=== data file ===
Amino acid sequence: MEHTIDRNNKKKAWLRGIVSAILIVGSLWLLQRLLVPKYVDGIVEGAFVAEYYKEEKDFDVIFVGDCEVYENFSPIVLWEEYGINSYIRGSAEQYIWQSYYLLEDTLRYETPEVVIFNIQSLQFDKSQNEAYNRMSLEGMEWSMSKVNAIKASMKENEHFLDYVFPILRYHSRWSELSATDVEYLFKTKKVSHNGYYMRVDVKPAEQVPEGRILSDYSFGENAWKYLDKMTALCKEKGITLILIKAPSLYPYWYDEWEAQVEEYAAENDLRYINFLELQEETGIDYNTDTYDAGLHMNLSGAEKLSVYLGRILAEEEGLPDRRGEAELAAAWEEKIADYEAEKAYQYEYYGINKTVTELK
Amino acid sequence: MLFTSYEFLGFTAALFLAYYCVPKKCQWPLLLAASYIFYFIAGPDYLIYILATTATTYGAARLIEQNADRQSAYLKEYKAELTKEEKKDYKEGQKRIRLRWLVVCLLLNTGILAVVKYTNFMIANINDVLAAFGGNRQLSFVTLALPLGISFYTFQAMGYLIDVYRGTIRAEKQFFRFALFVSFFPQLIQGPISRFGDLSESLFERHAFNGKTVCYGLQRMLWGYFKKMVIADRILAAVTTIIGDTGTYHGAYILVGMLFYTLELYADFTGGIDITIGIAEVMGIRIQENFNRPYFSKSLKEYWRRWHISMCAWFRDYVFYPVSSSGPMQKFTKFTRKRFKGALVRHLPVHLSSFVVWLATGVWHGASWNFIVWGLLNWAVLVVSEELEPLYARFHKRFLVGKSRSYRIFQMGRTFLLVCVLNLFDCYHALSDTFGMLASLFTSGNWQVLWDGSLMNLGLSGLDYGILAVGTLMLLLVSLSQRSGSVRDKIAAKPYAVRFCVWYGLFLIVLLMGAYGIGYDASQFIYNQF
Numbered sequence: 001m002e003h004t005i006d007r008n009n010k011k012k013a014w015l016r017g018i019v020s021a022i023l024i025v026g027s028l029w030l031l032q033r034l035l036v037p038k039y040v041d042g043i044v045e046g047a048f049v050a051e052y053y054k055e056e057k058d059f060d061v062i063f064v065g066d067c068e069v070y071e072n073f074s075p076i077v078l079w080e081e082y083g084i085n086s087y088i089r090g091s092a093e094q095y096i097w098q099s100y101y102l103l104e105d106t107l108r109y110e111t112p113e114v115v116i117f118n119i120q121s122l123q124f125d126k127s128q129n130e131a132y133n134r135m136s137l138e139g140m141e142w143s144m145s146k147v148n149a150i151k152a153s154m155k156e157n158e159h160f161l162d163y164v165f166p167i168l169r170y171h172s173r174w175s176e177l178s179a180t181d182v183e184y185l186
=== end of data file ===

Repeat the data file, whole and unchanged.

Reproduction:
Amino acid sequence: MEHTIDRNNKKKAWLRGIVSAILIVGSLWLLQRLLVPKYVDGIVEGAFVAEYYKEEKDFDVIFVGDCEVYENFSPIVLWEEYGINSYIRGSAEQYIWQSYYLLEDTLRYETPEVVIFNIQSLQFDKSQNEAYNRMSLEGMEWSMSKVNAIKASMKENEHFLDYVFPILRYHSRWSELSATDVEYLFKTKKVSHNGYYMRVDVKPAEQVPEGRILSDYSFGENAWKYLDKMTALCKEKGITLILIKAPSLYPYWYDEWEAQVEEYAAENDLRYINFLELQEETGIDYNTDTYDAGLHMNLSGAEKLSVYLGRILAEEEGLPDRRGEAELAAAWEEKIADYEAEKAYQYEYYGINKTVTELK
Amino acid sequence: MLFTSYEFLGFTAALFLAYYCVPKKCQWPLLLAASYIFYFIAGPDYLIYILATTATTYGAARLIEQNADRQSAYLKEYKAELTKEEKKDYKEGQKRIRLRWLVVCLLLNTGILAVVKYTNFMIANINDVLAAFGGNRQLSFVTLALPLGISFYTFQAMGYLIDVYRGTIRAEKQFFRFALFVSFFPQLIQGPISRFGDLSESLFERHAFNGKTVCYGLQRMLWGYFKKMVIADRILAAVTTIIGDTGTYHGAYILVGMLFYTLELYADFTGGIDITIGIAEVMGIRIQENFNRPYFSKSLKEYWRRWHISMCAWFRDYVFYPVSSSGPMQKFTKFTRKRFKGALVRHLPVHLSSFVVWLATGVWHGASWNFIVWGLLNWAVLVVSEELEPLYARFHKRFLVGKSRSYRIFQMGRTFLLVCVLNLFDCYHALSDTFGMLASLFTSGNWQVLWDGSLMNLGLSGLDYGILAVGTLMLLLVSLSQRSGSVRDKIAAKPYAVRFCVWYGLFLIVLLMGAYGIGYDASQFIYNQF
Numbered sequence: 001m002e003h004t005i006d007r008n009n010k011k012k013a014w015l016r017g018i019v020s021a022i023l024i025v026g027s028l029w030l031l032q033r034l035l036v037p038k039y040v041d042g043i044v045e046g047a048f049v050a051e052y053y054k055e056e057k058d059f060d061v062i063f064v065g066d067c068e069v070y071e072n073f074s075p076i077v078l079w080e081e082y083g084i085n086s087y088i089r090g091s092a093e094q095y096i097w098q099s100y101y102l103l104e105d106t107l108r109y110e111t112p113e114v115v116i117f118n119i120q121s122l123q124f125d126k127s128q129n130e131a132y133n134r135m136s137l138e139g140m141e142w143s144m145s146k147v148n149a150i151k152a153s154m155k156e157n158e159h160f161l162d163y164v165f166p167i168l169r170y171h172s173r174w175s176e177l178s179a180t181d182v183e184y185l186